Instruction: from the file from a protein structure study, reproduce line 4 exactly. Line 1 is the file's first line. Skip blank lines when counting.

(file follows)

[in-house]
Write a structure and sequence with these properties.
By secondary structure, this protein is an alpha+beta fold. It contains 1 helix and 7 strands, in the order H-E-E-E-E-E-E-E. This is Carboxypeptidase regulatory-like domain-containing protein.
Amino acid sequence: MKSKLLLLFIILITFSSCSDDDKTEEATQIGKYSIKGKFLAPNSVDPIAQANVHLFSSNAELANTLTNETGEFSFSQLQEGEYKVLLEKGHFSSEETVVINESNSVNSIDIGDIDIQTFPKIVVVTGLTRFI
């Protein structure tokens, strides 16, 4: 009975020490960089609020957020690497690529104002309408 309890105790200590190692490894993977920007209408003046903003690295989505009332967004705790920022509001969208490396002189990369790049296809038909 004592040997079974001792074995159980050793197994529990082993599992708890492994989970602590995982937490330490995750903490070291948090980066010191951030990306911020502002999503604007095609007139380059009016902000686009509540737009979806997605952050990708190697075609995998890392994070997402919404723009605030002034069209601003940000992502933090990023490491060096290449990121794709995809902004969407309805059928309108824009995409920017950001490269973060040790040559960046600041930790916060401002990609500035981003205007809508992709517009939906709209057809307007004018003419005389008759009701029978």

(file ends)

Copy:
Amino acid sequence: MKSKLLLLFIILITFSSCSDDDKTEEATQIGKYSIKGKFLAPNSVDPIAQANVHLFSSNAELANTLTNETGEFSFSQLQEGEYKVLLEKGHFSSEETVVINESNSVNSIDIGDIDIQTFPKIVVVTGLTRFI